During this transition, many people, particularly Emperor Xuanwu's attendants, suspected Yuan Xie of wanting the throne himself, but Yuan Xie handled the situation carefully and treated his nephew with respect due an emperor, and eventually the suspicion subsided. Meanwhile, pursuant to Emperor Xiaowen's instructions, he sent Yuan Xiang to force Empress Feng to commit suicide.
Emperor Xuanwu, who was 16 at the time of his ascension, initially wanted Yuan Xie to stay as his prime minister, but Yuan Xie repeatedly declined, citing Emperor Xiaowen's agreement for him to leave his posts. Emperor Xuanwu, instead, made him the governor of Ding Province (, modern central Hubei), and initially Yuan Xie declined as well, but Emperor Xuanwu forced him to accept. In 500, when the Southern Qi general Pei Shuye () surrendered his city Shouyang to northern Wei, Emperor Xuanwu sent Yuan Xie and Wang Su to secure Shouyang and to assist Pei. They were able to, and Emperor Xuanwu subsequently rebestowed the prime minister title on Yuan Xie, but had him take the post of governor of Yang Province (, modern central Anhui) and defend Shouyang. Soon, he recalled Yuan Xie to the capital to be prime minister again.
In 501, over a power conflict between Yuan Xi and the general Yu Lie (), Yu Lie's son Yu Zhong, a close attendant of Emperor Xuanwu warned Emperor Xuanwu that the princes were too powerful, and that he should assume power himself. Yuan Xiang also reported on Yuan Xi's faults and suggested that Yuan Xie was also too powerful. In spring 501, Emperor Xuanwu summoned his princely uncles to the palace under heavy guard, and then relieved them (except Yuan Xiang) of their posts, and announced that he was assuming power himself. From this point on, however, Emperor Xuanwu's government was dominated by his attendants and his maternal uncle Gao Zhao. In 503, Emperor Xuanwu recalled Yuan Xie to his administration with the honorific title Taishi (), but the title, while highly honored, carried little power.
in 504, Yuan Xiang, who was then powerful, was accused by Gao Zhao of corruption, and he was arrested. He soon died while imprisoned. As a result of this episode, Gao further suggested to Emperor Xuanwu to put the imperial princes under heavy guard, a suggestion that Yuan Xie objected to but Emperor Xuanwu accepted. It was said that Yuan Xie was often depressed from this point on. Late that year, Emperor Xuanwu made Yuan Xie be in charge of supervising a team of officials led by Yuan Fan () in revising the empire's laws. In 506, when the official Zhen Chen () suggested that the state monopoly on salt be ended, Yuan Xie, along with Xing Luan (), opposed on account that ending the monopoly would lead to wastefulness and draining of the treasury, but Emperor Xuanwu approved Zhen's proposal anyway.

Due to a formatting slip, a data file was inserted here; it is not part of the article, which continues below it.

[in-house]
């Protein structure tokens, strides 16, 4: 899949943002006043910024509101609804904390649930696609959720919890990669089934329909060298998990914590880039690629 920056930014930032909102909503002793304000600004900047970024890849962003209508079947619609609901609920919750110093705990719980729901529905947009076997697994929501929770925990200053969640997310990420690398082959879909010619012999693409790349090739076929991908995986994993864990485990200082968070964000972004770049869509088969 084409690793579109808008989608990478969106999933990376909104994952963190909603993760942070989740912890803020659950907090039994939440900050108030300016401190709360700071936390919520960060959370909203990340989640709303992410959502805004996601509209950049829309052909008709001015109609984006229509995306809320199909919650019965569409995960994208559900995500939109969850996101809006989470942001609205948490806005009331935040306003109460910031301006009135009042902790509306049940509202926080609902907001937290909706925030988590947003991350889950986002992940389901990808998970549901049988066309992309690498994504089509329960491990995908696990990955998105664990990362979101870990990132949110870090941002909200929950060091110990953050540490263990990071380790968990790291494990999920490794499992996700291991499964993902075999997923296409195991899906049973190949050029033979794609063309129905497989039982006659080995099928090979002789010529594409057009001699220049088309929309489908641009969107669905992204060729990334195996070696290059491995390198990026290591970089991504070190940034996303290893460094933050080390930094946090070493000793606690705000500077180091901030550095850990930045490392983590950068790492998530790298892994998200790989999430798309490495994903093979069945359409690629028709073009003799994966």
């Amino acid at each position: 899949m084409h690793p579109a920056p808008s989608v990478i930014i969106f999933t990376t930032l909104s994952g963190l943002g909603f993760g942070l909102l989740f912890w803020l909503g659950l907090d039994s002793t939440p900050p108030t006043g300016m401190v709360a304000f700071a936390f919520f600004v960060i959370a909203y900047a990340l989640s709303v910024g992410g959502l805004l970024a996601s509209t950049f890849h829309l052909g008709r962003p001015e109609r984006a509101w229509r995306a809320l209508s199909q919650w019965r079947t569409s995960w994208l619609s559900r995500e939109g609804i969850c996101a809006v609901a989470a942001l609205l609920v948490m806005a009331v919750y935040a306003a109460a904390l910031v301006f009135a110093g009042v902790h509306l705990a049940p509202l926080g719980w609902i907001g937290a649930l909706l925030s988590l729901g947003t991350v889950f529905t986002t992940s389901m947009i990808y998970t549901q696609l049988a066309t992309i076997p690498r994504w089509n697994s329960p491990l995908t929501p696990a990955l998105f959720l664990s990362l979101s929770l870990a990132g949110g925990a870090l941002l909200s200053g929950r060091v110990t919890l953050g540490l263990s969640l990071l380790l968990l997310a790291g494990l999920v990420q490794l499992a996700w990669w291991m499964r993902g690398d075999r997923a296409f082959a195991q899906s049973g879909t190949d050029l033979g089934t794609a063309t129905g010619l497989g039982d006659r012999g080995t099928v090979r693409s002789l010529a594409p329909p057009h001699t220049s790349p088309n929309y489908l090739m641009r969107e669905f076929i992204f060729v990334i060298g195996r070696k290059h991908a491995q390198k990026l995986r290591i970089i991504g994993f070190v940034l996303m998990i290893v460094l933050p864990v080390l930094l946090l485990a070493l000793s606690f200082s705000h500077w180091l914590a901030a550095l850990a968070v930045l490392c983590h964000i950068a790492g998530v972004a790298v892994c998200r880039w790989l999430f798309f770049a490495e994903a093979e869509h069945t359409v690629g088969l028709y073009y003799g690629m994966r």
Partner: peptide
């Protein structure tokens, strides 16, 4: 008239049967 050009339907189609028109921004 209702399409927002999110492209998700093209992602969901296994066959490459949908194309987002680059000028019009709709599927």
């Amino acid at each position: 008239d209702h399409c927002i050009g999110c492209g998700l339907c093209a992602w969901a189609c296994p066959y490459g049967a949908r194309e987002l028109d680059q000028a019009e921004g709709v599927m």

As the years went by, Gao Zhao grew increasingly powerful, particularly more so after his niece Consort Gao became a favorite consort of Emperor Xuanwu. After Emperor Xuanwu's first wife, Empress Yu died in 507, Emperor Xuanwu wanted to make Consort Gao empress. Yuan Xie opposed, but Emperor Xuanwu created her empress in 508 anyway. Gao Zhao thereafter despised Yuan Xie. When Emperor Xuanwu's brother Yuan Yu () the Prince of Jingzhao rebelled in fall 508, Yuan Yu seized Yuan Xie's maternal uncle Pan Senggu () and forced Pan to join his rebellion, and Gao Zhao used this incident to falsely accuse Yuan Xie of conspiring with Yuan Yu and rival Liang Dynasty (which had replaced Southern Qi). Yuan Xie's attendants Wei Yan () and Gao Zuzhen (), wanting to please Gao Zhao, testified against Yuan Xie, and Emperor Xuanwu believed him. Later that year, Emperor Xuanwu held a feast and invited the princes and Gao Zhao to attend--requiring Yuan Xie to do so despite the fact that his wife Princess Li was due to give birth. After the feast, the princes were directed to bedrooms in the palace to spend the night. That night, Emperor Xuanwu sent the guard commander Yuan Zhen () to take poisoned wine to Yuan Xie, ordering him to commit suicide. Yuan Xie initially refused, wanting to make one last appeal to Emperor Xuanwu, but Yuan Zhen's soldiers battered his ribs until he complied. Once he drank the wine, the soldiers killed him even before the poison could take effect. His body was wrapped in blankets and returned to his mansion, under the pretense that he had died from alcohol poisoning, although quickly the populace came to believe that Gao Zhao had killed him. Emperor Xuanwu outwardly mourned Yuan Xie and posthumously honored him.